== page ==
The government’s decision to deny SAA a further taxpayer-funded bailout to keep it afloat has been applauded by SA’s biggest business organisation, which says the death of the bankrupt state-owned airline is now imminent.
Business Unity SA (Busa) president Sipho Pityana says SA would have been in a much better fiscal position, which would help the country withstand the economic blow from the five-week lockdown, if the government had long ago embraced structural reforms, including starving SAA of multi-billion-rand bailouts.
“We now know what we have always known: the government will never be able to rescue SAA even though we have thrown so many resources into the airline and tried to put it under business rescue,” Pityana says in a Business Maverick interview.
Public enterprises minister Pravin Gordhan, who oversees the operations of SAA, has been asked by President Cyril Ramaphosa to prepare a report about the future of the airline, which will be discussed at an urgent cabinet meeting on Monday 20 April.
SAA, which has recorded about R26-billion in financial losses over the past six years and enjoyed successive government bailouts amounting to R20-billion over the same period, has had a turbulent March and April.
The financial position of the bankrupt SAA is worsening, and the airline cannot generate revenue because it suspended domestic, regional and international flights from 27 March due to the travel ban imposed by Ramaphosa to contain the spread of Covid-19.
On 10 April, Gordhan rejected a R10-billion funding request by the airline’s business rescue practitioners because the government has limited financial resources. The R10-billion would enable SAA’s restructuring process to continue while a final business rescue plan was put in place.
The money would have been raised by the government in foreign capital markets. SAA cannot raise money in the local market because it owes a consortium of commercial banks a lot of money and its financial position is dire. Says Busa’s Pityana:
“Even after all of that [awarding SAA bailouts over many years], we still have a R10-billion hole that has been presented to us by the business rescue practitioners. Rightly, the government has shown them [the business rescue practitioners] the door. What that means is… RIP SAA.”
Pityana expects the lockdown to throw SA’s economy into a contraction of between 8% to 10% in 2020 and a fiscal deficit of 10% as the government will spend more money to fight Covid-19, which might result in “runaway government debt”.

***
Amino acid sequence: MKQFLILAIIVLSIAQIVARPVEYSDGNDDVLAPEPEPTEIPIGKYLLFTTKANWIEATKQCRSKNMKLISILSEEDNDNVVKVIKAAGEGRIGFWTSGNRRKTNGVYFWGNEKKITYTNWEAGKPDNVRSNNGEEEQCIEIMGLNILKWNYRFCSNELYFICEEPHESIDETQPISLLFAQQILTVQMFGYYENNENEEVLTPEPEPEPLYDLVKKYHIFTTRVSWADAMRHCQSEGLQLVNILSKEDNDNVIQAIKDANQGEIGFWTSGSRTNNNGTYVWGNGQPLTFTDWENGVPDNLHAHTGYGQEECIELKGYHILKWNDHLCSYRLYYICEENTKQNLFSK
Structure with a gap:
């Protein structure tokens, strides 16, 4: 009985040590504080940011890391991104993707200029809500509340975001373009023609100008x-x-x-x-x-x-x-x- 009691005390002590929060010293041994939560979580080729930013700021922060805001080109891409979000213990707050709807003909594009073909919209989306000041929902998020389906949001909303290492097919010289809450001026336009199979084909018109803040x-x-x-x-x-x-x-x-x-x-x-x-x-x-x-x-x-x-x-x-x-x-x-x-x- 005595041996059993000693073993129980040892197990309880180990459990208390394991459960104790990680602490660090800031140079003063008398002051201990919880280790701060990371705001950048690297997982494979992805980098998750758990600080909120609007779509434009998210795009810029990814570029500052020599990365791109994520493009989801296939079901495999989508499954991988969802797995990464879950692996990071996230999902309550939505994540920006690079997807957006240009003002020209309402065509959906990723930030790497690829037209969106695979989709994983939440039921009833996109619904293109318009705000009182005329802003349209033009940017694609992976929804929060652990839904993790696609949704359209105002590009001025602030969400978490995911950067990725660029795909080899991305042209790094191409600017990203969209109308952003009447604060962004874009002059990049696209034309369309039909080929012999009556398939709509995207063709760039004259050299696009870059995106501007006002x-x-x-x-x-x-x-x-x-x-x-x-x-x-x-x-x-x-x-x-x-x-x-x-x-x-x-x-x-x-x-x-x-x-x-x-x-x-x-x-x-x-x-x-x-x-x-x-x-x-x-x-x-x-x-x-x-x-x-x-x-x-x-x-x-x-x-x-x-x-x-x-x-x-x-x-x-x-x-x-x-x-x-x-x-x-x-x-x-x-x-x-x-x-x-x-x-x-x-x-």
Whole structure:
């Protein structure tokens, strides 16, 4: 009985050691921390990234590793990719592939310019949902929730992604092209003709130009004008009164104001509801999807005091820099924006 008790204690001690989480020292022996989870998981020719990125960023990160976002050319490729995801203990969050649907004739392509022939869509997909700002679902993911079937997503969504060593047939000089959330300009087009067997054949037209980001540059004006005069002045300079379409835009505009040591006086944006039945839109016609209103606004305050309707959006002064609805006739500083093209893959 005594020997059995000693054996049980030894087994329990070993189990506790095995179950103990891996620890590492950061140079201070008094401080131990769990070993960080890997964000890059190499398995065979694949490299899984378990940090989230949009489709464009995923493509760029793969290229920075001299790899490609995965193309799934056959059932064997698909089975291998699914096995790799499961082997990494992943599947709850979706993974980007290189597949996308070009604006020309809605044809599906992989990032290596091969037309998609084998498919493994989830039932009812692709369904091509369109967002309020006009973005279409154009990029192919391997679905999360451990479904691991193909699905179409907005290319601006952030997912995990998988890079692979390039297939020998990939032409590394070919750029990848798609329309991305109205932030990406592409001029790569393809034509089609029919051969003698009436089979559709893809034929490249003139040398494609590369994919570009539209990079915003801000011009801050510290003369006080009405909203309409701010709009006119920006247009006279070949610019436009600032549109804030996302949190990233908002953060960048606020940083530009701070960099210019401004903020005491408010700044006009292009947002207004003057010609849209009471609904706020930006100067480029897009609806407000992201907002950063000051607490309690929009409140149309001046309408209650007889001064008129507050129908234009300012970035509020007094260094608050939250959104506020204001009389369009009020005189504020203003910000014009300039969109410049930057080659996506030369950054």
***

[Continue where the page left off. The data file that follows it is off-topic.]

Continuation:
“The uncomfortable truth is that we don’t have the capacity to drive some of the state-owned enterprises (SOEs) like SAA. Others are critical for the strategic direction of the economy or influencing the economy. The Covid-19 situation we are in means that a lot of the SOEs might have to be closed instead of having to be sold,” he says.
Pityana’s colleague at Busa and former SAA board member Martin Kingston agreed with him, saying SOEs that are systemically important to SA’s economy should be “appropriately capitalised and allowed to oversee key aspects of the economy without undue interference and within a properly regulated environment.”
A fire sale of SAA assets
Without the R10-billion government bailout, the SAA rescue practitioners have now launched a fire sale of the airline’s assets to free up cash to fund a process to retrench workers at the end of April.
SAA employs 8,997 workers, according to the rescue practitioners, some of whom have been offered severance packages if they agree by 24 April — through their trade unions — to be retrenched by the airline.
In a proposal to trade unions, the rescue practitioners said for SAA to pay severance packages, the airline was required to sell and dispose of its assets. The SAA assets for sale are property, which may be realised in six to 12 months; rotables (aircraft parts), which may be realised within 12 to 24 months; trade debts, which may be collected in about six to 12 months, “depending on the financial position of the debtors”.
The practitioners said the severance packages to workers could only be paid if SAA assets could be sold at a reasonable price. If a buyer(s) is found and a reasonable price is paid for the assets, SAA will pay the severance packages to workers every month for six months.
Without funding, SAA faces the worst-case scenario of liquidation, which will result in 8,900 job losses and spark an immediate R6.3-billion liability for the government to settle SAA’s short- and long-term debt.
However, the public enterprises department said SAA isn’t embarking on a mass retrenchment process of its workers as discussions with unions about a new business model for the airline are still ongoing.
A Johannesburg-based aviation expert, who advised SAA on a turnaround plan five years ago, said there is a big possibility that the airline’s creditors might not get their money back.
“How can creditors expect the business rescue practitioners to pay back the money that is owed to them when the airline doesn’t even have money to pay retrenchment packages to its workers?” the expert asked. BM
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